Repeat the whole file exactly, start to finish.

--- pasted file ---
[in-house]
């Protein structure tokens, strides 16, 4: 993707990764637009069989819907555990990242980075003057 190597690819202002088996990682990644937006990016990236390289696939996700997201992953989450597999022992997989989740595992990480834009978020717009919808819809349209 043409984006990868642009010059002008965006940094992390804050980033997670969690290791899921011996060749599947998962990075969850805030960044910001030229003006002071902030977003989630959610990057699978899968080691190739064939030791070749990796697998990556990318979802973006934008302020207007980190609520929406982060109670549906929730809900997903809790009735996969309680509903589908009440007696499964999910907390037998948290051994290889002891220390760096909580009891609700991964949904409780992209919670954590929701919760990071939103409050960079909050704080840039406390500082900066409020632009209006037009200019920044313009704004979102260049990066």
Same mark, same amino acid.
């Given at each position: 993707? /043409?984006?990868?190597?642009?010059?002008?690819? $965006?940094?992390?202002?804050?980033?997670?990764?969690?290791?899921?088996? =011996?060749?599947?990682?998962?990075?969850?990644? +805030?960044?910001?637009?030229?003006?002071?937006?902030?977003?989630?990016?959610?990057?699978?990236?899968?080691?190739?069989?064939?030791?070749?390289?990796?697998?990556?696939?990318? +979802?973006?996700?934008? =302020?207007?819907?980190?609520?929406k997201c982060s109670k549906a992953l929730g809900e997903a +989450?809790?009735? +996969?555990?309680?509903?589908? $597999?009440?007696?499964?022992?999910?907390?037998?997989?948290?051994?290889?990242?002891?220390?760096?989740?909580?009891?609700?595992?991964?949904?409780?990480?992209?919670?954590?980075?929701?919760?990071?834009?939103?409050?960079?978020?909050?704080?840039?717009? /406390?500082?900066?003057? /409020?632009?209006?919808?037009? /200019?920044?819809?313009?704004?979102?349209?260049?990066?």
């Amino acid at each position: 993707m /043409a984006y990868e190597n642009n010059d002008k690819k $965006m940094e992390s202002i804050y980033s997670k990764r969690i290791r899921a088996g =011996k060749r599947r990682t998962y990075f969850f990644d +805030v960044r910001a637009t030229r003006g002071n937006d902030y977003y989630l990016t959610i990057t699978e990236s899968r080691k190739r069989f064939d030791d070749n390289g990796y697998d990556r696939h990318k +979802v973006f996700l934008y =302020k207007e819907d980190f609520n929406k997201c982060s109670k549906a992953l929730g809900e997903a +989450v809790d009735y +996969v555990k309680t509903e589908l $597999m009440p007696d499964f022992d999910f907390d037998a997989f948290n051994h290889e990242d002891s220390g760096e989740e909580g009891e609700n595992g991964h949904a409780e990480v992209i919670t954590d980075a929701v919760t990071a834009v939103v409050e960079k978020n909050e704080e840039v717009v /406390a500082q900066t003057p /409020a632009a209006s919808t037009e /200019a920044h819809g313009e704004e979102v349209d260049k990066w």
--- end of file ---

[in-house]
């Protein structure tokens, strides 16, 4: 993707990764637009069989819907555990990242980075003057 190597690819202002088996990682990644937006990016990236390289696939996700997201992953989450597999022992997989989740595992990480834009978020717009919808819809349209 043409984006990868642009010059002008965006940094992390804050980033997670969690290791899921011996060749599947998962990075969850805030960044910001030229003006002071902030977003989630959610990057699978899968080691190739064939030791070749990796697998990556990318979802973006934008302020207007980190609520929406982060109670549906929730809900997903809790009735996969309680509903589908009440007696499964999910907390037998948290051994290889002891220390760096909580009891609700991964949904409780992209919670954590929701919760990071939103409050960079909050704080840039406390500082900066409020632009209006037009200019920044313009704004979102260049990066």
Same mark, same amino acid.
């Given at each position: 993707? /043409?984006?990868?190597?642009?010059?002008?690819? $965006?940094?992390?202002?804050?980033?997670?990764?969690?290791?899921?088996? =011996?060749?599947?990682?998962?990075?969850?990644? +805030?960044?910001?637009?030229?003006?002071?937006?902030?977003?989630?990016?959610?990057?699978?990236?899968?080691?190739?069989?064939?030791?070749?390289?990796?697998?990556?696939?990318? +979802?973006?996700?934008? =302020?207007?819907?980190?609520?929406k997201c982060s109670k549906a992953l929730g809900e997903a +989450?809790?009735? +996969?555990?309680?509903?589908? $597999?009440?007696?499964?022992?999910?907390?037998?997989?948290?051994?290889?990242?002891?220390?760096?989740?909580?009891?609700?595992?991964?949904?409780?990480?992209?919670?954590?980075?929701?919760?990071?834009?939103?409050?960079?978020?909050?704080?840039?717009? /406390?500082?900066?003057? /409020?632009?209006?919808?037009? /200019?920044?819809?313009?704004?979102?349209?260049?990066?």
């Amino acid at each position: 993707m /043409a984006y990868e190597n642009n010059d002008k690819k $965006m940094e992390s202002i804050y980033s997670k990764r969690i290791r899921a088996g =011996k060749r599947r990682t998962y990075f969850f990644d +805030v960044r910001a637009t030229r003006g002071n937006d902030y977003y989630l990016t959610i990057t699978e990236s899968r080691k190739r069989f064939d030791d070749n390289g990796y697998d990556r696939h990318k +979802v973006f996700l934008y =302020k207007e819907d980190f609520n929406k997201c982060s109670k549906a992953l929730g809900e997903a +989450v809790d009735y +996969v555990k309680t509903e589908l $597999m009440p007696d499964f022992d999910f907390d037998a997989f948290n051994h290889e990242d002891s220390g760096e989740e909580g009891e609700n595992g991964h949904a409780e990480v992209i919670t954590d980075a929701v919760t990071a834009v939103v409050e960079k978020n909050e704080e840039v717009v /406390a500082q900066t003057p /409020a632009a209006s919808t037009e /200019a920044h819809g313009e704004e979102v349209d260049k990066w």